BANGKOK — A green oasis in downtown Bangkok slowly began to resemble a tent city Saturday after anti-government protesters said they would clear camps blocking key intersections and congregate in the park instead.
The protesters were blocking some streets since mid-January in a bid to push out Prime Minister Yingluck Shinawatra and eradicate the influence of her brother Thaksin Shinawatra, seen as the real power in the country.
Protest leader Suthep Thaugsuban’s supporters moved to Lumpini Park, where many protesters already sleep in tents near an established protest stage on the edge of the Silom financial district.
The tents are slowly filling up the park, most under the shade of trees or awnings and next to boating lakes, with washing lines strung between branches.
Suthep, to supporters:
“We will stop closing Bangkok and give every intersection back to Bangkokians. We will stop closing Bangkok from Monday. But we will escalate our shutdown of government ministries and Shinawatra businesses.”
Protesters planned a big cleaning-up day Sunday before opening roads on Monday, but at least two affiliated groups plan to stay at their protest sites, including one led by controversial Buddhist monk Luang Pu Buddha Issara.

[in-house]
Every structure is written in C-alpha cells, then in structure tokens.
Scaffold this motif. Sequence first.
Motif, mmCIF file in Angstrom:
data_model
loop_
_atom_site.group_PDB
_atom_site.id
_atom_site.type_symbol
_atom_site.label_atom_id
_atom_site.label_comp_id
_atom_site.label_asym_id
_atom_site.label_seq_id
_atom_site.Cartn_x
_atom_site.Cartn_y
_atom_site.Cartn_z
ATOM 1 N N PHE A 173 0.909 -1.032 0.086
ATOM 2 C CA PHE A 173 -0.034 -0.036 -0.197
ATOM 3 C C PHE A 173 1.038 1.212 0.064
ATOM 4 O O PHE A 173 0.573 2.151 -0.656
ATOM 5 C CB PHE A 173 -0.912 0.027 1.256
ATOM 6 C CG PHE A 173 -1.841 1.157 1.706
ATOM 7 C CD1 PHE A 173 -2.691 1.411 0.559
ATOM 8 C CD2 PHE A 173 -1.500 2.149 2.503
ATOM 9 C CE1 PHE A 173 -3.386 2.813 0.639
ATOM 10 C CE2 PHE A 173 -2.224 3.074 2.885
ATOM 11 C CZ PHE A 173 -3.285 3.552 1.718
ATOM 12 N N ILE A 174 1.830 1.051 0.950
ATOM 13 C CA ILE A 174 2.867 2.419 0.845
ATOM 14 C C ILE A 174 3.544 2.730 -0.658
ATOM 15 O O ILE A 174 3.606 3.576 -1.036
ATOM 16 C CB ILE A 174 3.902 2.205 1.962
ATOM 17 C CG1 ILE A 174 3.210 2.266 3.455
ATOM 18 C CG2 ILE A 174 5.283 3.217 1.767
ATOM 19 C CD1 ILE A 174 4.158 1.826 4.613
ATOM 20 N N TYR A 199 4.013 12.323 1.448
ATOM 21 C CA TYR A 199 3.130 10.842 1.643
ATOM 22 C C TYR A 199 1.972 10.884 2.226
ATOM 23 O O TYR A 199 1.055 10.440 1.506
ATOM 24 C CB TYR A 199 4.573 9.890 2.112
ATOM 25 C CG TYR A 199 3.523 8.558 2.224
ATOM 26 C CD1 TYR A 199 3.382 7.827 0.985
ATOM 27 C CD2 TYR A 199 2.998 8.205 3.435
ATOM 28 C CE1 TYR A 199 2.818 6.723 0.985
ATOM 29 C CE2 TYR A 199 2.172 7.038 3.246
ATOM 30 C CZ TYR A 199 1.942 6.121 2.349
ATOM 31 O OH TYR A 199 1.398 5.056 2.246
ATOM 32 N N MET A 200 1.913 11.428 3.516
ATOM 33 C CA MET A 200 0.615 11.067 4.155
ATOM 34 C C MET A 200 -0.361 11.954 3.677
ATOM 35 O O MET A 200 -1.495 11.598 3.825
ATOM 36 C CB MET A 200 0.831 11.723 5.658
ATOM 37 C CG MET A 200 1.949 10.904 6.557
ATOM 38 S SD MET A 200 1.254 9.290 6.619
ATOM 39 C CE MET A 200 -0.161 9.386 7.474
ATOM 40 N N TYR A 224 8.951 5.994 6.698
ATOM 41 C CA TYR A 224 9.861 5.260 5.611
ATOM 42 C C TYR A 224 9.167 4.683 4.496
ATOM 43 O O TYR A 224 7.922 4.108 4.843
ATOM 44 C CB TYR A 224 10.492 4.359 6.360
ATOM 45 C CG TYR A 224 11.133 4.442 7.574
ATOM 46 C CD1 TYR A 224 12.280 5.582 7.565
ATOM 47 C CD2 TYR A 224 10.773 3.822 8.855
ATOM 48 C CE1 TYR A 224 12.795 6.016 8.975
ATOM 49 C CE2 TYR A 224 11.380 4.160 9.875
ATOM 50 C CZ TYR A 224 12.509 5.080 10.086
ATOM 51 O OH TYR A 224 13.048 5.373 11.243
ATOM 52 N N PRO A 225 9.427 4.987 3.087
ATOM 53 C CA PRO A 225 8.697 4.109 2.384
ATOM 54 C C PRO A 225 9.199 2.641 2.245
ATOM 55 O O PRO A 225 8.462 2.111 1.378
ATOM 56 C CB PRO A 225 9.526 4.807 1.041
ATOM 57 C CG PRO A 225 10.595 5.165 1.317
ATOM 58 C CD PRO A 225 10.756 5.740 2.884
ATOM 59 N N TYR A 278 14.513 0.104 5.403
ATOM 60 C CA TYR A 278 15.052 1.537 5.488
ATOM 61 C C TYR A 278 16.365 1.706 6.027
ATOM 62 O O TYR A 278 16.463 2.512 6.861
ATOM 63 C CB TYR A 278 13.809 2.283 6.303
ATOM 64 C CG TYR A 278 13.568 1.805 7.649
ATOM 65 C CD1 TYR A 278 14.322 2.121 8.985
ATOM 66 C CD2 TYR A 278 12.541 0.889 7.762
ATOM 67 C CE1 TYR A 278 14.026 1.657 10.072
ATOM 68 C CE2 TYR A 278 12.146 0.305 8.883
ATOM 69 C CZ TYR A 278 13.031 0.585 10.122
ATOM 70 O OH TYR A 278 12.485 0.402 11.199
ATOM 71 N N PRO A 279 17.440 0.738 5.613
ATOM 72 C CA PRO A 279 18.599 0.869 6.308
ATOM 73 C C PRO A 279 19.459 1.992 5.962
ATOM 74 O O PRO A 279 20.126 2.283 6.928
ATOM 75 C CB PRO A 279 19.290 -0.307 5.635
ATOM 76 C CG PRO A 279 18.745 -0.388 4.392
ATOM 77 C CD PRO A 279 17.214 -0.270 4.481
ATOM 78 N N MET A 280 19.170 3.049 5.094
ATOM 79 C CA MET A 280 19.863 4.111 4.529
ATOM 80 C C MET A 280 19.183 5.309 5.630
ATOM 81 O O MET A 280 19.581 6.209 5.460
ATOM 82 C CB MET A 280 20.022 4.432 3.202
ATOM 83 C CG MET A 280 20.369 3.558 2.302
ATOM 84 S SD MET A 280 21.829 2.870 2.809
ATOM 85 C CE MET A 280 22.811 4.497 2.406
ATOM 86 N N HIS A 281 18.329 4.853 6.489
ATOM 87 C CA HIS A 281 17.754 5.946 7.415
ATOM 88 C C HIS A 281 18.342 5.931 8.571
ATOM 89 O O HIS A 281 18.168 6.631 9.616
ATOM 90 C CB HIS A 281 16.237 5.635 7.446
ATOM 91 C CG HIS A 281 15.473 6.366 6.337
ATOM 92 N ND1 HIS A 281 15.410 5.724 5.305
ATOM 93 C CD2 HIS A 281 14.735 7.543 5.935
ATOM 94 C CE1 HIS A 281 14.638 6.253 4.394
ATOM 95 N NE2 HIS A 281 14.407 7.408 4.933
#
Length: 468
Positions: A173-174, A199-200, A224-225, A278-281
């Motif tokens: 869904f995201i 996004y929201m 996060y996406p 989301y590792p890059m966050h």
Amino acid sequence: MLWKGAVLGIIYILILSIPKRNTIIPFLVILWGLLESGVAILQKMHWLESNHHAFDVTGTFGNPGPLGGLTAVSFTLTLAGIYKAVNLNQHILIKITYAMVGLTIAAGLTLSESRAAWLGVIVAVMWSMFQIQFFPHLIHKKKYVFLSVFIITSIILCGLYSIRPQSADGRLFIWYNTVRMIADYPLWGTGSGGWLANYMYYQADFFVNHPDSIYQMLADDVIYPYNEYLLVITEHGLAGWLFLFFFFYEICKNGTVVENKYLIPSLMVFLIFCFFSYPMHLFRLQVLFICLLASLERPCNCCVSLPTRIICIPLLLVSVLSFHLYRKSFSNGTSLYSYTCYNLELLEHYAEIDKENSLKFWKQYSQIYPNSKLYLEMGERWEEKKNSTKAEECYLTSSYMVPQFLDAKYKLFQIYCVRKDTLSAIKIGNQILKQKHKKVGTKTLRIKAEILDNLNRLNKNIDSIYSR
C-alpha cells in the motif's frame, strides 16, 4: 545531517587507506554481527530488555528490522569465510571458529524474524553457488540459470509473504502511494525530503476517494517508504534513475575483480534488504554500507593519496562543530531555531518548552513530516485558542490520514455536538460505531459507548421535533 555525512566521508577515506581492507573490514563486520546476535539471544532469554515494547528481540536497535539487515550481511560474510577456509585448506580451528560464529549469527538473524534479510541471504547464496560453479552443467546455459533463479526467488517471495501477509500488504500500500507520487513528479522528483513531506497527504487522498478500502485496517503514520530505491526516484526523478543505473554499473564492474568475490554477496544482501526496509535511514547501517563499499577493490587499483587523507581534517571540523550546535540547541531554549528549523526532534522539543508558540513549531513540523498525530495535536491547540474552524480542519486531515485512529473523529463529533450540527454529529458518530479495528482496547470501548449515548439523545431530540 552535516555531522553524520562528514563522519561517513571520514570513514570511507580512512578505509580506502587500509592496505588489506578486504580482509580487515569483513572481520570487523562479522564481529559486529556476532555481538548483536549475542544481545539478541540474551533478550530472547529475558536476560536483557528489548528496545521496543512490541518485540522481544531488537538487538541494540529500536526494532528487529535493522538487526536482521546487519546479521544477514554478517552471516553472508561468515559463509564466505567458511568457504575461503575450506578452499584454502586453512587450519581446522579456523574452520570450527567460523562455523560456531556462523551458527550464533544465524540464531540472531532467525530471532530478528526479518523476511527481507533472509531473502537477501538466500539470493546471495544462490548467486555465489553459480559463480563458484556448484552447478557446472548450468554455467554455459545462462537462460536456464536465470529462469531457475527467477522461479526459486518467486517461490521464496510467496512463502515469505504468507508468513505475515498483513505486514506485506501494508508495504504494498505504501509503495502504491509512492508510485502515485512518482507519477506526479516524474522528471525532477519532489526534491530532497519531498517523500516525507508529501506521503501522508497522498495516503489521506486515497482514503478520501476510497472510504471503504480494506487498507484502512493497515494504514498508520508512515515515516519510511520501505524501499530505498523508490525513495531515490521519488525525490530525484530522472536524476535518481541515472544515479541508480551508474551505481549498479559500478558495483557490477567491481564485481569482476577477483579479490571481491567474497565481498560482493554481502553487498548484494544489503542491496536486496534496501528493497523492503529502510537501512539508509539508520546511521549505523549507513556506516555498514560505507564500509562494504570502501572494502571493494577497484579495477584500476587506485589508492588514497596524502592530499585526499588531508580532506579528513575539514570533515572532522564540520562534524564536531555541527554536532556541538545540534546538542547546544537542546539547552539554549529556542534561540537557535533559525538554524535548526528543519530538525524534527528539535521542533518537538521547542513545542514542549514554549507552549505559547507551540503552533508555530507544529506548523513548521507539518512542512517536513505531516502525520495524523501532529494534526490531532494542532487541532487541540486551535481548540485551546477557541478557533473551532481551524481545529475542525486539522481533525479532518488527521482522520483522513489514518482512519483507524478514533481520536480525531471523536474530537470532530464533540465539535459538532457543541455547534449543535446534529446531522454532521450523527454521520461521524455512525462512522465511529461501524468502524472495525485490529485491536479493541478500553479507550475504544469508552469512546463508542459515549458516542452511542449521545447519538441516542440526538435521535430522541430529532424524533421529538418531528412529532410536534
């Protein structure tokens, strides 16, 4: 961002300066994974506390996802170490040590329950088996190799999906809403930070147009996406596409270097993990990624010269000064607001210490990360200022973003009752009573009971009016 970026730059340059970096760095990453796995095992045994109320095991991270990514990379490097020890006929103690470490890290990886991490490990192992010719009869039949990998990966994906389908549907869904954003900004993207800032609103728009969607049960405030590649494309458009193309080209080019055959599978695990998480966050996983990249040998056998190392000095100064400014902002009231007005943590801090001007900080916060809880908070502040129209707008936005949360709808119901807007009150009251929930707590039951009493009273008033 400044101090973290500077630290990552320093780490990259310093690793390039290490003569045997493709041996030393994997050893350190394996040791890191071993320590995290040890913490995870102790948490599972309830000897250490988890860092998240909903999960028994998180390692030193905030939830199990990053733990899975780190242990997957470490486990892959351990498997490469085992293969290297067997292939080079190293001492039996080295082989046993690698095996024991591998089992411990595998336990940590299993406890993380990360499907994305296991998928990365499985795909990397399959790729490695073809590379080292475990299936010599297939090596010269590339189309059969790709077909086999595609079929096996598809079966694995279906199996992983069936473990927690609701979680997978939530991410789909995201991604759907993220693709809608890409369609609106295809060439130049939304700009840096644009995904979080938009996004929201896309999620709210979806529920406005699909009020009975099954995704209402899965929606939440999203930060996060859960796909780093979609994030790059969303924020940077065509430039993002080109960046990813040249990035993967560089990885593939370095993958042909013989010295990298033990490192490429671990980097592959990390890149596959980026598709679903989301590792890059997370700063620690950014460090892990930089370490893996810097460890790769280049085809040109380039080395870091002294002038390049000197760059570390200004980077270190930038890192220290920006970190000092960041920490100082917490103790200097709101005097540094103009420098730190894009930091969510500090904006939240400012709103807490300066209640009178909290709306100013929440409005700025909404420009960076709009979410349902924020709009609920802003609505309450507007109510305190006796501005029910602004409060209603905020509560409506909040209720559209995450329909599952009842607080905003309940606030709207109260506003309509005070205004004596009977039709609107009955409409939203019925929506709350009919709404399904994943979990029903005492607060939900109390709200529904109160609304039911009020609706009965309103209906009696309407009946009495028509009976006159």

“I was angry with Suthep’s announcement. We have lost blood and lives and for what? To end it all now?”
Protest numbers have dwindled amid attacks on various camps with grenades and guns. Three people were killed when a grenade was thrown into a busy shopping area near one camp on Sunday.
In total, 20 people have been killed in protest-related violence in Bangkok since November 20 and three in the eastern province of Trat.
The threat of violence has taken a toll on tourism in the capital, even though most areas have been unaffected, including the old part of town by the river and the Khao San Road backpacker district, which is frequented by western tourists.
A restaurant worker, on Friday:
“Business is good here. As good as ever. There are no hippies here.”